Everything Belongs

Everything Belongs
Published by Josh Hosler on Sun, Oct 18, 2020 1:00 PM

sermon preached at Church of the Good Shepherd, Federal Way, WA
by the Rev. Josh Hosler, Rector
The Twentieth Sunday after Pentecost (Proper 24A-Trk 2), October 18, 2020
Isaiah 45:1-7; Psalm 96:1-9, (10-13); 1 Thessalonians 1:1-10; Matthew 22:15-22

We claim an unusual and even radical faith. One of the most radical things we believe is that the God who created everything is God who actually does stuff. Many who claim to be believers settle for a vague belief that “something must have created all this.” That is profound and wonderful, and it’s a very good start. But that’s not all we’re about here.

What I mean is that God didn’t just do something once and then walk away to watch from a distance. God didn’t cede the ownership of the universe, or responsibility for it, to anyone else. And that includes us. We don’t own the world; the creation stories in Genesis tell us that we are stewards and caretakers of the earth. Furthermore, we are the spiritual descendants of those who first came to understand that God keeps promises and covenants.

We find in the Bible the ancient covenants with Israel, covenants that God consistently upholds and that we repeatedly break. But if this were just a cold business transaction, no doubt God would have terminated the agreement long ago. No, the story goes that God remains faithful no matter how faithless we become.

So what’s the point of a covenant? To come down to our level. To meet us where we are in our faithlessness. Like a parent asking a child to sign an agreement to do chores, the agreement is not the point, and even today’s chores are not the point. The child is not in danger of being fired for dereliction of duty. The purpose is to help the child grow into the habit of doing good works for the sake of the works themselves—not to get a reward out of it.

So we believe in a God who does stuff—who not only began everything but who sustains everything in loving relationship with us. What a wild idea! Yet the more deeply you immerse yourself in the life of a worshiping congregation, hopefully, the easier it is to see evidence of God helping you grow more deeply into a life of love and generosity.

There’s a problem, though. If God didn’t do stuff, then we couldn’t hold God accountable for much. But when we believe God is actually involved, then we have to ask ourselves to what degree. Does God only intervene when absolutely necessary, or frequently and constantly? Is God a laissez-faire manager, or a micromanager?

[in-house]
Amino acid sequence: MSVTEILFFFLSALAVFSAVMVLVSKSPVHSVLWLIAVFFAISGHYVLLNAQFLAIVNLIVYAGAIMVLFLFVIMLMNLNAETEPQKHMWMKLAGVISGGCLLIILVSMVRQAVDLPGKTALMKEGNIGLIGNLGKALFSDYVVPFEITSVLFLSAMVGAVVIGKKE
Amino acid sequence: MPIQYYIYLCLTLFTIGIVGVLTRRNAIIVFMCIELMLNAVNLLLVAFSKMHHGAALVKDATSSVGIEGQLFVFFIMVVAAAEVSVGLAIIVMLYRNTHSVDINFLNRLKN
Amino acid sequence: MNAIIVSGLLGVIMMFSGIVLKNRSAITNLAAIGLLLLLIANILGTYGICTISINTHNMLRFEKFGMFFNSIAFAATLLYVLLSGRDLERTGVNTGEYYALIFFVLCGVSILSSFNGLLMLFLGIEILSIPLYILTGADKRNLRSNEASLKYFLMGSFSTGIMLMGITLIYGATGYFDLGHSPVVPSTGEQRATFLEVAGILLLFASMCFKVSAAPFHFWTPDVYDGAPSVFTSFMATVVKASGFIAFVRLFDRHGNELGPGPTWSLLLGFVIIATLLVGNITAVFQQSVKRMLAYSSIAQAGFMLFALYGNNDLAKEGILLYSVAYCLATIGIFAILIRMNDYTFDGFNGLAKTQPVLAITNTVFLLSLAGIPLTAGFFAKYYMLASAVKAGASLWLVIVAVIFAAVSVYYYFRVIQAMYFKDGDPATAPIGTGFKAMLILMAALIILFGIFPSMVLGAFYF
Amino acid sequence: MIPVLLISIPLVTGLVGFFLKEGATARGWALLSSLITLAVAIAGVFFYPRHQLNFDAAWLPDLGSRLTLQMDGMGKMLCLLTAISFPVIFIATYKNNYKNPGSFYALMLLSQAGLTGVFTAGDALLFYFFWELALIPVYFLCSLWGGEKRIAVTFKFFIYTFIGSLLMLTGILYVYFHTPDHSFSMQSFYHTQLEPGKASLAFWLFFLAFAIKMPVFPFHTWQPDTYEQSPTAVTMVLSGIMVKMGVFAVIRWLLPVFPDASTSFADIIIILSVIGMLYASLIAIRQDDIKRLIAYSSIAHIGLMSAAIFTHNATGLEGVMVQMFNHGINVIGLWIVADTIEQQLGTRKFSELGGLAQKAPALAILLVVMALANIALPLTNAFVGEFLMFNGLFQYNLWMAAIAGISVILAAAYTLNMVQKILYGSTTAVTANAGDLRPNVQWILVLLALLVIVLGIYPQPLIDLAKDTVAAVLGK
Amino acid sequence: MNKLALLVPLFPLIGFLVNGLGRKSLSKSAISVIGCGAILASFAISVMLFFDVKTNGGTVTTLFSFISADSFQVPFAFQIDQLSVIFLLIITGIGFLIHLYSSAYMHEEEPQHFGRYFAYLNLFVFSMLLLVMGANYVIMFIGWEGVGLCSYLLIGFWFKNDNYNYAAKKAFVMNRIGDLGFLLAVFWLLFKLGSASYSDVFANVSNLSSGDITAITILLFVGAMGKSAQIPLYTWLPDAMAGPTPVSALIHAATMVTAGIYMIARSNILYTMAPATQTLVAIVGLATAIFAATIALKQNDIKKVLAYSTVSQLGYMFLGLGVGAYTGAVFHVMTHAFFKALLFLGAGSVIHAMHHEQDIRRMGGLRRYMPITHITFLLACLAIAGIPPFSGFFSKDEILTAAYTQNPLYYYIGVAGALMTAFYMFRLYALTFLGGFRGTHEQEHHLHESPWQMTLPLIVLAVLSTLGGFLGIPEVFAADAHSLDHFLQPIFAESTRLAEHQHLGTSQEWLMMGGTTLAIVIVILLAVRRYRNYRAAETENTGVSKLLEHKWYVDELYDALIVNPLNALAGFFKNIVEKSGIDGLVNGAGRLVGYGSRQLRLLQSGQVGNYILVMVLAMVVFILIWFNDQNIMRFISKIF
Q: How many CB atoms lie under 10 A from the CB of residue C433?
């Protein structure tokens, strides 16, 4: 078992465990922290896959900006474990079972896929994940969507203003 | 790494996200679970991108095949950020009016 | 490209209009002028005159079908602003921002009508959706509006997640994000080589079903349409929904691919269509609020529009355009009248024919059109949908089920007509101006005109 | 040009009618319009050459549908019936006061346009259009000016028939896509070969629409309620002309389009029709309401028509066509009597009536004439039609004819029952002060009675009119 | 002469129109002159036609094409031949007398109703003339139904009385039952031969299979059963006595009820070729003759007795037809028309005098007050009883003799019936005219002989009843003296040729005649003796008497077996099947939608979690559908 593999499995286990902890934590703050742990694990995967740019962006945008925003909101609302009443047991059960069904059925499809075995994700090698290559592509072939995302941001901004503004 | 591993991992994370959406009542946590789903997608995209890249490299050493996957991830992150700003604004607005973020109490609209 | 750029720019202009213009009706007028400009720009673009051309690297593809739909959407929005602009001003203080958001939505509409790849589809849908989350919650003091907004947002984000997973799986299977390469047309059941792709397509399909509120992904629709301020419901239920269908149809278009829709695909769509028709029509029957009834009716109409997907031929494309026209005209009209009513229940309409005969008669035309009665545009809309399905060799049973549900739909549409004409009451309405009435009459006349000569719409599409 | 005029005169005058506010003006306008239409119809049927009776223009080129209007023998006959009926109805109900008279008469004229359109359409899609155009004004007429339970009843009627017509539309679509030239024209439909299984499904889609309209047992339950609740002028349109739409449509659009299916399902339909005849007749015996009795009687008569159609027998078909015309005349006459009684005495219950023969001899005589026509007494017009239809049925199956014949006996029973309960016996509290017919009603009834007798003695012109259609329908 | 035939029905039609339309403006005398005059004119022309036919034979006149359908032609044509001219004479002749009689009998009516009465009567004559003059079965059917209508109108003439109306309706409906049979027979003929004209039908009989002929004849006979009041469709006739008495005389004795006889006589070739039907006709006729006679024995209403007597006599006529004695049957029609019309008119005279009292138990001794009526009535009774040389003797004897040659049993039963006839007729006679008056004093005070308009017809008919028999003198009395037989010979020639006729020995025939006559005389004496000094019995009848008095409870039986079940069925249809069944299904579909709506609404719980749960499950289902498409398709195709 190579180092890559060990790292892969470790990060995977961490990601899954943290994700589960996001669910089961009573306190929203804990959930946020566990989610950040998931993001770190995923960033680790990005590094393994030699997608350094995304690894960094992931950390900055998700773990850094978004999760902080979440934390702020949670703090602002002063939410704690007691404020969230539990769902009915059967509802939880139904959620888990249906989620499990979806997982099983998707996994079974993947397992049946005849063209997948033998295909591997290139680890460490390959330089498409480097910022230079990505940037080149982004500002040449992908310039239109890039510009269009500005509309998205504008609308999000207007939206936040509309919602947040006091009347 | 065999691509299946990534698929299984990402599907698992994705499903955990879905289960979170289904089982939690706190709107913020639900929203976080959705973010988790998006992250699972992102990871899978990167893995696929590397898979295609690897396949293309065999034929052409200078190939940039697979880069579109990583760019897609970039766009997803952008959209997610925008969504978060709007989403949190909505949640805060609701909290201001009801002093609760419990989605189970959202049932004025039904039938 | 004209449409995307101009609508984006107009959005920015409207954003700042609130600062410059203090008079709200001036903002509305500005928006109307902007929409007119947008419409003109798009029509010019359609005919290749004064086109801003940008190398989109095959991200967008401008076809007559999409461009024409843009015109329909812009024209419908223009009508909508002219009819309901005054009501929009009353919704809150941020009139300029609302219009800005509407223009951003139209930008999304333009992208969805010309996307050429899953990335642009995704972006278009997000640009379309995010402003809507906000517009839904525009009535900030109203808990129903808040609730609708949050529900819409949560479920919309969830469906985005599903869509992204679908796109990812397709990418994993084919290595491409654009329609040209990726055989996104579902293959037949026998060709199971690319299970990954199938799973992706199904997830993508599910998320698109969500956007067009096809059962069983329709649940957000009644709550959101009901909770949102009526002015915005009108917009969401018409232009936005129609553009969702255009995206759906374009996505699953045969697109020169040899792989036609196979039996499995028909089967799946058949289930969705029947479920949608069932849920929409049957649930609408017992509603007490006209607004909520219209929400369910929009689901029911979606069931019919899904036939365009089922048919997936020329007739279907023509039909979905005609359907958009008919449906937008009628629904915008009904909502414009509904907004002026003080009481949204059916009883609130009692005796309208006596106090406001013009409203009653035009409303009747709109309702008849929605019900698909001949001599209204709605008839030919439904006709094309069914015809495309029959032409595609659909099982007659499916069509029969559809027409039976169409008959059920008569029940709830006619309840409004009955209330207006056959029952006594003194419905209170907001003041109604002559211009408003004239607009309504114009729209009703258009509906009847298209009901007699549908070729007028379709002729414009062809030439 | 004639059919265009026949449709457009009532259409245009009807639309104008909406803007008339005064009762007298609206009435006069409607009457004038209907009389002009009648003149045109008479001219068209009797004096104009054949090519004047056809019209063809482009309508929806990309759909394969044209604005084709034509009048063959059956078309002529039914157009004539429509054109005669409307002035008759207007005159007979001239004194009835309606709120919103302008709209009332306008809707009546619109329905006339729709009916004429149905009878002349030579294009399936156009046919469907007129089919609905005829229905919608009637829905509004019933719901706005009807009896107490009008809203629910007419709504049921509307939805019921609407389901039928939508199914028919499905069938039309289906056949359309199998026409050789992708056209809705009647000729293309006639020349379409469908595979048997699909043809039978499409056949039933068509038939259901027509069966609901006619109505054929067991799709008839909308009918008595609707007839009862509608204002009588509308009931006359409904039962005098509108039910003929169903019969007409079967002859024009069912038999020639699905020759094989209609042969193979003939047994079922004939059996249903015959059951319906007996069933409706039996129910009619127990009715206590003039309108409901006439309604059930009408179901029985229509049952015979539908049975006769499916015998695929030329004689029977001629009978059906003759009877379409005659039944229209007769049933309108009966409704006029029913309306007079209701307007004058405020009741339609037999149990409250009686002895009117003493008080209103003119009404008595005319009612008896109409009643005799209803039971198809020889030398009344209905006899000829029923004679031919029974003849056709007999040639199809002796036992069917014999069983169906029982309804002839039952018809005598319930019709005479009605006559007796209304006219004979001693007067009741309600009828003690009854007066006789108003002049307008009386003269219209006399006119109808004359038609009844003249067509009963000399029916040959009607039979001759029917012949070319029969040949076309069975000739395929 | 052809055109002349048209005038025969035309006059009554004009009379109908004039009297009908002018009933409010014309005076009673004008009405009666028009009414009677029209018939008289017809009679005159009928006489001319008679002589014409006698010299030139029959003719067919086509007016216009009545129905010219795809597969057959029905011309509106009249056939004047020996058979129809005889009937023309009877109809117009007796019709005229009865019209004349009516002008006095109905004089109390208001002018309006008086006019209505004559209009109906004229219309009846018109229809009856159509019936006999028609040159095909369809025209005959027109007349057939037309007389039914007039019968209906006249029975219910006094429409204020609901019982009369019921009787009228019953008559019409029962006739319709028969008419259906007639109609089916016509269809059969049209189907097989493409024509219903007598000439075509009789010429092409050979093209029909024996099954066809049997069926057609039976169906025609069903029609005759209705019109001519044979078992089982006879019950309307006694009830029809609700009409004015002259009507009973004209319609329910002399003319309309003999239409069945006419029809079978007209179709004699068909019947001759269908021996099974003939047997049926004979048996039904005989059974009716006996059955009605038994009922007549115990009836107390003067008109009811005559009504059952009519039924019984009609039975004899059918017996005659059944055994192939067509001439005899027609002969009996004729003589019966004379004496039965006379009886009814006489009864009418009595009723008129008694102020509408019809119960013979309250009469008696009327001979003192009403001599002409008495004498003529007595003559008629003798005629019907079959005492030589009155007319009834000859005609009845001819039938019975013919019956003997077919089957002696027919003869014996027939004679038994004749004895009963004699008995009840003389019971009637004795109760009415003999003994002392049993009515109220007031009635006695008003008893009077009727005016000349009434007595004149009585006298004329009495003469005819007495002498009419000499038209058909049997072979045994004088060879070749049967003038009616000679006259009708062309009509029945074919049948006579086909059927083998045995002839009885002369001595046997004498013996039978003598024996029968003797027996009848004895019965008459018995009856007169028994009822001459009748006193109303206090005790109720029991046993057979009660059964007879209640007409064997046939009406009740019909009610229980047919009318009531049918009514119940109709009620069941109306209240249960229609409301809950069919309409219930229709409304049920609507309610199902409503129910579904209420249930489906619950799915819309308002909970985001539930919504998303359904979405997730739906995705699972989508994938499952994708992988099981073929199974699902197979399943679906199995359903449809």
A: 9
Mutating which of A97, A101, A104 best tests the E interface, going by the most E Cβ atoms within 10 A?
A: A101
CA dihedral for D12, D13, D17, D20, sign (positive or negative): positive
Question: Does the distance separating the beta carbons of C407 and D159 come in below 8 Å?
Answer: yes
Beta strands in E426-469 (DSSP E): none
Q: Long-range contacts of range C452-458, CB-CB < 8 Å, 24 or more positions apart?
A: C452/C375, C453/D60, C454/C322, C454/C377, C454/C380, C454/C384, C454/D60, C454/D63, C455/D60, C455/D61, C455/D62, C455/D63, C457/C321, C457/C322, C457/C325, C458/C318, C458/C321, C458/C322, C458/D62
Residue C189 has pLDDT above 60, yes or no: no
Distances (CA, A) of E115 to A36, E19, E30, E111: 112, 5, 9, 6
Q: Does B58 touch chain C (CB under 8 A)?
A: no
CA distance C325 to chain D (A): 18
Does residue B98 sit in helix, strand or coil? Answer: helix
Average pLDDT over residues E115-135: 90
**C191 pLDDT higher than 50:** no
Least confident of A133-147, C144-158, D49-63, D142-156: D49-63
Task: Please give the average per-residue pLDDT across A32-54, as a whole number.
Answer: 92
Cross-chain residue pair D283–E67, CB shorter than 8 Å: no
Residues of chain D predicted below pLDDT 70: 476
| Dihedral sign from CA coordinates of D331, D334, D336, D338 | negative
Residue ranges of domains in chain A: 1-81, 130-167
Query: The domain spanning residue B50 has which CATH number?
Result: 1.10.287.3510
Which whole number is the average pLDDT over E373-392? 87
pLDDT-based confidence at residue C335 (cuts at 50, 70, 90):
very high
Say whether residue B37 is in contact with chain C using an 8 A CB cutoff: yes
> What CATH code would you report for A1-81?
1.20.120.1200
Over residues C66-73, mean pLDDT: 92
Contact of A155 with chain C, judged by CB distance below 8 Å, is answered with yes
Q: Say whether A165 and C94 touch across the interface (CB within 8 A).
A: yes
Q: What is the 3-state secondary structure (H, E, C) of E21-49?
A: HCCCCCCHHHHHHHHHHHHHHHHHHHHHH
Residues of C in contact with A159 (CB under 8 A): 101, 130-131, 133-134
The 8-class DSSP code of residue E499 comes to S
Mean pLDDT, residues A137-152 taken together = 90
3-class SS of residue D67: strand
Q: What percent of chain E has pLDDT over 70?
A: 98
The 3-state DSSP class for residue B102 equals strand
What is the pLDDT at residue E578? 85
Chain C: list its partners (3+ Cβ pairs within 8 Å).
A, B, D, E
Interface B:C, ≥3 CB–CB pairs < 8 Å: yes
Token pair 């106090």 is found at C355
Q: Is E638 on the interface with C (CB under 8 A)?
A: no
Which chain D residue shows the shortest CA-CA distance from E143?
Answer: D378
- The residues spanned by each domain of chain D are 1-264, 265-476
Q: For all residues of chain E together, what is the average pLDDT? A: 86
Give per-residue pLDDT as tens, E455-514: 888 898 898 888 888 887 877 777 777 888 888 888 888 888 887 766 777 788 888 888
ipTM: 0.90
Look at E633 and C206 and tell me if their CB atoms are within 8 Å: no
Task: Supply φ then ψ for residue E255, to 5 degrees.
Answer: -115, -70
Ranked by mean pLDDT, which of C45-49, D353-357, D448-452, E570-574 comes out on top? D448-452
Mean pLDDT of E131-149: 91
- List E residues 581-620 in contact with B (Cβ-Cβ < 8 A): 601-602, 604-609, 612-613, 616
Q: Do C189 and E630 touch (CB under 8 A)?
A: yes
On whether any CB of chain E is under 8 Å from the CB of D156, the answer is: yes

I’m sure there’s a huge range of opinions on that point, even within this congregation. But today’s reading from Isaiah may disturb us. Isaiah proclaims God’s words:

I form light and create darkness,
I make weal and create woe;
I the Lord do all these things.

In other words, Isaiah claims that God causes both good things and bad things to happen in our lives.

I bet that even those of you who prefer God-as-micromanager are uncomfortable with this idea. Wouldn’t it make more sense for God only to do good things? Couldn’t bad things be Satan’s fault? Or the fault of our own foolishness and fear? Isn’t God actually a loving God, not a God who would wish us harm?

In a TV interview immediately after 9/11, Jerry Falwell blamed the terrorist attacks on “the pagans and the abortionists and the feminists and the gays and the lesbians who are actively trying to make that an alternative lifestyle,”[1] and Pat Robertson said, “I wholeheartedly concur”! In their theology, we do bad things as a nation—bad things as defined exclusively by far-right-wing theocrats, by the way, not by any decent understanding of God’s love—and in response, God kills 3000 people, most of whom weren’t directly involved but just happened to be in the wrong building or on the wrong airplane. The idea isn’t just ludicrous—it’s evil. It doesn’t even take into account the decisions of the terrorists themselves to commit these horrible crimes.

So where did these men get this? Well, to be honest, they got it from knowledge (if not understanding) of the Bible. They read there, just as we do, stories of God punishing entire groups of people for the sins of a few. We don’t get to cut those stories out of the Bible. They also read there, just as we do, stories like the one from Isaiah today, in which a non-Jew, the Persian King Cyrus, conquers the Babylonian oppressors and allows the Jews to return to Jerusalem to rebuild their homeland. For this, Isaiah gives Cyrus the title “anointed”—“Messiah”—half a millennium before Jesus. Wow.

Isaiah attributes major shifts in geopolitics to God acting through people who don’t even believe in the One True God. So why wouldn’t we? How could we limit God’s action to a “still, small voice” inside our individual consciences? Do we not believe that God is capable of acting in major ways? And do we not also assert that God’s actions are mysterious and that we won’t always understand the reasons for them?